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Powell Hopes To Curb Dumpster Diving To Protect Residents’ Personal Information

Sixteen people on the same street fall victim to identity theft within weeks of each other. Get the details from 10TV.com.

Sixteen people living on the same street fell victim to identity theft within weeks of each other, and city officials want to make sure it does not happen to others, 10TV’s Kevin Landers reported Tuesday.

Powell City Council members want to curb people from Dumpster diving for personal information. Unlike in other cities, it is not illegal to dig through people’s trash in Powell.

Resident William Souder said that he shreds his personal information.

Even shredding did not protect Souder from identity thieves, Landers reported.

Six credit cards were opened in Souder’s name in the past 24 hours, and thieves used his name to buy cell phones at two Walmart stores in Oklahoma City and in Akron, Souder said.

“They set up three phone lines and they had purchased equipment along with the setting up of the lines,” Souder said.

According to police, 11 home owners reported their identity stolen since January.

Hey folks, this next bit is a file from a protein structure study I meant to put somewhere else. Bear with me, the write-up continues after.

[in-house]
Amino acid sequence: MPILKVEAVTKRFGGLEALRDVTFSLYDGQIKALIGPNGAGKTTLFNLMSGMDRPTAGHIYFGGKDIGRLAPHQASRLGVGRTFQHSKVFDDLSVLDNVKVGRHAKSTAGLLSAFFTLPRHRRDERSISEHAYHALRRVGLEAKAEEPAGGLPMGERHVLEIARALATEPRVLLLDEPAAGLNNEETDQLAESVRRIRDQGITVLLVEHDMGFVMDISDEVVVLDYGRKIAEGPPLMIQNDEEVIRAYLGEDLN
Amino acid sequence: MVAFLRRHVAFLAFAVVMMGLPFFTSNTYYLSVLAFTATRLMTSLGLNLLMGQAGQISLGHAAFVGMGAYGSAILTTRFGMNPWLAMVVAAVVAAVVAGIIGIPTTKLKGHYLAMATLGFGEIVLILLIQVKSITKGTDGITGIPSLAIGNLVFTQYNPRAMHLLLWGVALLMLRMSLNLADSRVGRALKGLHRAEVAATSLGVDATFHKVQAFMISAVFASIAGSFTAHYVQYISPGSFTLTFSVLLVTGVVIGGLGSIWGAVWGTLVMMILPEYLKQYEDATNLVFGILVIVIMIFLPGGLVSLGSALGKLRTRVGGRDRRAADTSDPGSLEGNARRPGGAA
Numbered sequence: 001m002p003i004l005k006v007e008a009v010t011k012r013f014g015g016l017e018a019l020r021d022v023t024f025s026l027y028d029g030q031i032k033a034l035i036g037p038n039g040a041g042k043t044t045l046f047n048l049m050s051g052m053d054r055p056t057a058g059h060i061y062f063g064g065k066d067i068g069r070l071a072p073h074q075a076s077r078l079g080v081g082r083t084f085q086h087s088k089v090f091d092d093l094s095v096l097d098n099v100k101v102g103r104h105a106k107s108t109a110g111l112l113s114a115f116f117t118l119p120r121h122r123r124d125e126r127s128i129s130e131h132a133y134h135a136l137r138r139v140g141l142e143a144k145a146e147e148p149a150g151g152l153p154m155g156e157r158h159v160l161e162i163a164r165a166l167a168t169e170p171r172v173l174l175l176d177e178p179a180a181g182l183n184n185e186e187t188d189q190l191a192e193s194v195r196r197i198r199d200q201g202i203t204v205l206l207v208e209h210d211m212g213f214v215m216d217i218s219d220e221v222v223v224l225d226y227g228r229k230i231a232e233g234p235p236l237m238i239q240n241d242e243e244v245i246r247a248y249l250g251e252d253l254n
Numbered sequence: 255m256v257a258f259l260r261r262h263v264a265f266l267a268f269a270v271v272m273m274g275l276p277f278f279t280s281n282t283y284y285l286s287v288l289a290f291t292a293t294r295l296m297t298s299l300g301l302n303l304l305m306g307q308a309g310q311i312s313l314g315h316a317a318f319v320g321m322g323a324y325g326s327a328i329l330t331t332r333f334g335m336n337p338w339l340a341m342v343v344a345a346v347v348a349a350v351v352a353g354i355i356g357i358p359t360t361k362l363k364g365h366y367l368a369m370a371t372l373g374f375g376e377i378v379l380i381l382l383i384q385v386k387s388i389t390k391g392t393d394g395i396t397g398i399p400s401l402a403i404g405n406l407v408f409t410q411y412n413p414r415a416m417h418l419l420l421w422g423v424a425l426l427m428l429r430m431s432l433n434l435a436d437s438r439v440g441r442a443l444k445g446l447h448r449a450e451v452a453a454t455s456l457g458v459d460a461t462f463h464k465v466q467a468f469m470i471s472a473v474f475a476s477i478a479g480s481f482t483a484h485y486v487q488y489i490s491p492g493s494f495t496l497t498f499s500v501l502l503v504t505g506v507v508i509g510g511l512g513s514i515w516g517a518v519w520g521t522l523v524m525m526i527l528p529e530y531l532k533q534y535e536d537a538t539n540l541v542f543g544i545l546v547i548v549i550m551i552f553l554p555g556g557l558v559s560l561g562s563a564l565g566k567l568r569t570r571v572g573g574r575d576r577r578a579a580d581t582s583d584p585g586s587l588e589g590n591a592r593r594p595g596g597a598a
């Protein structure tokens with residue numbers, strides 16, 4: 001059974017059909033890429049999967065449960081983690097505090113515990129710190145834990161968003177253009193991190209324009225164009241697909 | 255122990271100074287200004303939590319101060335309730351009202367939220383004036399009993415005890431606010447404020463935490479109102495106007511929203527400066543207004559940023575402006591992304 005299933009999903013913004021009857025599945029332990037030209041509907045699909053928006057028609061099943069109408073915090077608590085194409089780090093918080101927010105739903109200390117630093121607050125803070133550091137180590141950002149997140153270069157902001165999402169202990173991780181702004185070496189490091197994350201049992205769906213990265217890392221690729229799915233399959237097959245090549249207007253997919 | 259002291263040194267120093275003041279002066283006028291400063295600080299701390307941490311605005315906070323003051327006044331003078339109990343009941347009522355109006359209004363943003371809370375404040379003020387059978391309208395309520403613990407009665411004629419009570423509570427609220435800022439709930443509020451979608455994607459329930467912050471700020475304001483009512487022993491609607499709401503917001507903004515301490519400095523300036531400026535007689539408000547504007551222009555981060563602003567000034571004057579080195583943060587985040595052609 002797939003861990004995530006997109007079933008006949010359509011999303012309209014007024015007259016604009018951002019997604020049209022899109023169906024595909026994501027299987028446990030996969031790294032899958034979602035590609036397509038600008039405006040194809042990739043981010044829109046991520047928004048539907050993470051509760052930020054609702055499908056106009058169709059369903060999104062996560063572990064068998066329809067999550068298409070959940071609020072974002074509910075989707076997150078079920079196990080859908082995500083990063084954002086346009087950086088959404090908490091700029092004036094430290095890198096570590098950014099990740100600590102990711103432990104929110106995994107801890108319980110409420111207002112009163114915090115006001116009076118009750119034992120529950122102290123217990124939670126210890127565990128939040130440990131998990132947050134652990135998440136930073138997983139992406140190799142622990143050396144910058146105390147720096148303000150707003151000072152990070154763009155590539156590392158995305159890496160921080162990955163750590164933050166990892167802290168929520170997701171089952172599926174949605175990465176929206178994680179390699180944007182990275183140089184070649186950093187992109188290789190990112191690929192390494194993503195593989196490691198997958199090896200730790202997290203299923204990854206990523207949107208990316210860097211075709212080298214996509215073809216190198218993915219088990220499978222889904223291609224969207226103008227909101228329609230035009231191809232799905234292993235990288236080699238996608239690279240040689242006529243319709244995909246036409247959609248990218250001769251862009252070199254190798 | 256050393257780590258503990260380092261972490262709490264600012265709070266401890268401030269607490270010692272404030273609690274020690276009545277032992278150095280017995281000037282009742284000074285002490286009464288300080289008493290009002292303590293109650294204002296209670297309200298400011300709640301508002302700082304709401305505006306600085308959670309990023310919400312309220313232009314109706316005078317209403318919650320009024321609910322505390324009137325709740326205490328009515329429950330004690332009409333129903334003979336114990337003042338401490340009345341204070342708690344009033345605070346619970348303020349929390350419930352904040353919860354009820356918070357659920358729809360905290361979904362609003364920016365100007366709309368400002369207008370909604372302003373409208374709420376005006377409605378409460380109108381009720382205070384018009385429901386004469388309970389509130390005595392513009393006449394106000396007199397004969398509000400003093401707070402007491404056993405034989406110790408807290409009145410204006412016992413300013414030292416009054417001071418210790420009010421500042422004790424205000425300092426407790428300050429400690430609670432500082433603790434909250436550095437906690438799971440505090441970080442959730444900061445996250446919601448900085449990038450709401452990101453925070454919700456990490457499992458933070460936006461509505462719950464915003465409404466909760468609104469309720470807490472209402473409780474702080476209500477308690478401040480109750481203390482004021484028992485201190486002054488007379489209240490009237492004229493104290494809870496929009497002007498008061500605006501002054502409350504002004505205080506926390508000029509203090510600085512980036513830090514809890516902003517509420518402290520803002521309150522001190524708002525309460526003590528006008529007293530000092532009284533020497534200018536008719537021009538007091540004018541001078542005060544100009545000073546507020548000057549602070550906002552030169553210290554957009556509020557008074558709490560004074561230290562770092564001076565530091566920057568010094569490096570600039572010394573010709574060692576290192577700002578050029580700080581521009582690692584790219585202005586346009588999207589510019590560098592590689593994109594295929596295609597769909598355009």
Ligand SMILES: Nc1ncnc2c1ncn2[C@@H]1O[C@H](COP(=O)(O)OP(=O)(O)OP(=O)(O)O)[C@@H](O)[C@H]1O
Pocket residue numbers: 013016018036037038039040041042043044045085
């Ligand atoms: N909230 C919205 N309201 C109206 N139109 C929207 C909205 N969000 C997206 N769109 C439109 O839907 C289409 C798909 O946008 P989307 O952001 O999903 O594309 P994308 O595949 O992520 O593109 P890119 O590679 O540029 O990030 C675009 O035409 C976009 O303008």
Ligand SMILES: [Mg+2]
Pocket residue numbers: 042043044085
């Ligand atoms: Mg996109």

One resident reported that someone charged more than $8,000 in merchandise in her name.

Resident David Loughery said that he kept getting bills in the mail.

“Then, one day, I got a Best Buy bill in the mail, a Menards bill, a Lowe’s bill, and I’m opening these up and the Best Buy was like $6,000,” Loughery said.

Police said that they did not know why all the victims were from one street.

“We were very surprised that they would come out of one neighborhood,” Police Chief Gary Vest said. “Many of our victims say they shred their banking statements.”

Detectives said that so far, nothing connects the victims. The thefts now involved police from 35 states, Landers reported.

Police said that they believed some of the identities were stolen because some people post their information on Facebook.

Vest said that he hoped to present legislation banning Dumpster driving to the council within the next month.

Souder said that he was frustrated that the companies who approved the purchases never bothered to check if it was really him.

“That’s the part that I found most shocking in the last 24 hours, because it leaves me as the consumer not trusting them.” Souder said.

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